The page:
As opposed to viewing country through a stereotypical lens, gen Z takes the genre as they hear it. However, they’re also unsure as to what aspect of listening to country music hits the mark.

They are 4.9x more likely to use the phrase ‘I don’t know’ and the abbreviation ‘IDK’ when talking about the genre. Gen Z can’t pinpoint what they like about the country songs, they simply listen to them and enjoy them.

Yt country music just feel wicked idk.”

Once they listen to it, gen Z is hooked. They use the word ‘obsessed’ infinitely more, talking about how they’ve become hardcore country music fans and can’t stop listening to country songs.

Got blasted the other night and started vibing so hard to the country music I grew up on and went to a whole different world and now I’m obsessed with listening to country 😭. Send help.

Two artists emerged as key influences to start this addiction: Taylor Swift and Morgan Wallen. They talk about these singers 4.8x and 6.3x more respectively. It’s clear that Swift’s pivot to re-recording her earlier, more country-focused albums and Mullen’s One Thing At A Time resonate with gen Z music tastes.

I don’t know why I went through a phase where I hated country music. Country just hits different now. I blare Morgan Wallen and Luke Combs everyday. It speaks to my soul.

However, despite a surge in gen Z country music fans, the genre polarizes conversations. Gen Z use the word ‘hate’ 2.2x more and the phrase ‘like country music’ 1.5x more. This encompasses people who dislike country music, and country music fans who can’t understand why others don’t like the genre.

If you don’t like country music pls grow up.

I got the stupid song about a red solo cup stuck in my head. I don’t even like that song and I hate country music with passion lmao.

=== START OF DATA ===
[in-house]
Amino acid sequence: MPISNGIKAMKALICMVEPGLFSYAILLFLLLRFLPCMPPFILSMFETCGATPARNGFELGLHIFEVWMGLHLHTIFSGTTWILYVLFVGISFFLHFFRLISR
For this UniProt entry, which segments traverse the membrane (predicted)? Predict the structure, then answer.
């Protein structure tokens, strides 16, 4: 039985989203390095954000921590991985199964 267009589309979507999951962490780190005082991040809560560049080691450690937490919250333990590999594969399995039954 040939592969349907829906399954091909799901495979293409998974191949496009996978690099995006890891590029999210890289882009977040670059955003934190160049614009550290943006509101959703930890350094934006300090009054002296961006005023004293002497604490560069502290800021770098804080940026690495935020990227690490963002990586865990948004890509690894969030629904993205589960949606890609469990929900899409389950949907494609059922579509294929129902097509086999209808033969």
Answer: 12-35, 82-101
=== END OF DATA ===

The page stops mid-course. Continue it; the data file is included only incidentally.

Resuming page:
While gen Z’s music tastes differ, they all appear to be judging the genre from listening to the music itself, rather than how it’s stereotyped.

Demographic audience analysis lifts lid country music fans

Analyzing online country music conversations involving gen X and gen Z reveals a sharp contrast in perceptions within each group.

Gen X tends to judge country music on its reputation. This generation taps into stereotypes, accurate or not, to decide whether they should be a country music fan or not. For those who are, you’ll find them tapping away to tunes while cleaning.

In contrast, gen Z has an open mind. They’ll decide whether they like the genre by listening to country music. Those that don’t enjoy it will passionately express their opinion about their dislike. Those that do will become obsessed with it, and they won’t even be sure why. There’s also evidence that Taylor Swift, Morgan Wallen and other younger artists are a gateway into country for gen Z.

Need to make sense of social conversations and don’t know where to start? Struggling to differentiate how you communicate with a variety of audiences? Try Relative Insight’s text analysis software for free to understand your consumers’ harmonies.